Thursday, January 5, 2017

The Last Days Robert Mugabe

Zimbabwe is engulfed, and not only by a political crisis. While its leaders fight, its economy is in meltdown.

BY MARTIN FLETCHER

*President Mugabe 

With considerable trepidation, I took the lift to the sixth floor of the ministry of justice in central Harare to interview the minister. It wasn’t just that I lacked the accreditation foreign journalists must obtain to work in Zimbabwe – the interview had been arranged through unofficial back channels. The minister, Emmerson Mnangagwa, also happens to be the vice-president, Robert Mugabe’s notoriously brutal chief enforcer for the past 36 years, and the most feared man in the country. “They don’t call him ‘The Crocodile’ for nothing,” said a Zimbabwean businessman who knows him well. “He never says a word but suddenly he bites. He’s very dangerous.”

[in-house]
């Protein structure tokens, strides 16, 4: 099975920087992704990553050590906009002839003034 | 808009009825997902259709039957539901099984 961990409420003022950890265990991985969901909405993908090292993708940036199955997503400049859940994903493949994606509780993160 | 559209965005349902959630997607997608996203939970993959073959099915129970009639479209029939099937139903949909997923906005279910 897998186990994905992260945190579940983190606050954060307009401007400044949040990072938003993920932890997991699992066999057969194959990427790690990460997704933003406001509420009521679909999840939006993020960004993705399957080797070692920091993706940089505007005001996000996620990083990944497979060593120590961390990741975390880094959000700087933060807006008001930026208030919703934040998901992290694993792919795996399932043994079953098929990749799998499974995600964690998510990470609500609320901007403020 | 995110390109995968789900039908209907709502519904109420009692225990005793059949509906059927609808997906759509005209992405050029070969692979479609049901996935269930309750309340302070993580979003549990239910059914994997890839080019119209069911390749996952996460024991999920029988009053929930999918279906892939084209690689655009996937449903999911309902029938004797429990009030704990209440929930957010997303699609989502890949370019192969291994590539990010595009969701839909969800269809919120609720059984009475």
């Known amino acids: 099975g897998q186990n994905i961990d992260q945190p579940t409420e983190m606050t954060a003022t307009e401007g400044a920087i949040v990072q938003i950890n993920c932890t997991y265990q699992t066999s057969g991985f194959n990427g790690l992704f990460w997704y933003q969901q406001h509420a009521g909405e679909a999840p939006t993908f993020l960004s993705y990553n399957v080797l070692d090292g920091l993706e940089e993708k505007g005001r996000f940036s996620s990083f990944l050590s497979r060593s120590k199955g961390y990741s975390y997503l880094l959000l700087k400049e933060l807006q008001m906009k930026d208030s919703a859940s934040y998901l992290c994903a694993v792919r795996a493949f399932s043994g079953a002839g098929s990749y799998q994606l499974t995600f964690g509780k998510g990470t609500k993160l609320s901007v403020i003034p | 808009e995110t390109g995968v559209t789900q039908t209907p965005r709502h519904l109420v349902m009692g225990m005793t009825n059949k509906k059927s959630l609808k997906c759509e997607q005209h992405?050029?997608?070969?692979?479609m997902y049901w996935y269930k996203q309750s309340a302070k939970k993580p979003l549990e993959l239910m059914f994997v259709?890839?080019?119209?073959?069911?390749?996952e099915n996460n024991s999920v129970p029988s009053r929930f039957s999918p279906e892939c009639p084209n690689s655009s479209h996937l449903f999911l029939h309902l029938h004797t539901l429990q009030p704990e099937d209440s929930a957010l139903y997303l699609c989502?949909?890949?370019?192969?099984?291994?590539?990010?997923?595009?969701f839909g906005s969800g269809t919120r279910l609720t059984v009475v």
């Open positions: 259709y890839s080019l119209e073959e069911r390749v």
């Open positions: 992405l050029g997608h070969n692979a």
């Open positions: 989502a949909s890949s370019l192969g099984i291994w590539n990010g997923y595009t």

But Mnangagwa, still powerfully built at 74, proved courteous enough as we sat in deep leather armchairs in his bright and spacious office. It was not in his interest to be hostile – not at this time. He is determined to succeed Mugabe and he will need Western support to rebuild his shattered country if he does, which is presumably why he gave me an almost unprecedented interview.
Aged 92 and the world’s oldest head of state, Robert Mugabe is fading. He falls asleep in meetings, suffers memory lapses and stumbles on steps.

He delivered the wrong speech at the opening of parliament in September last year and had to deliver the right one to a specially convened session the following day. As long ago as 2008 a WikiLeaks cable from the US ambassador reported that he had terminal prostate cancer, and he frequently flies to Singapore for unspecified medical treatment – blood transfusions, perhaps, or steroid injections. A diplomatic source talked of Mugabe’s “dramatic deterioration in the last two years”, and said: “He could go at any point.”
Mnangagwa did not admit he wants to be president, of course. Given Mugabe’s paranoia, that would have been political suicide.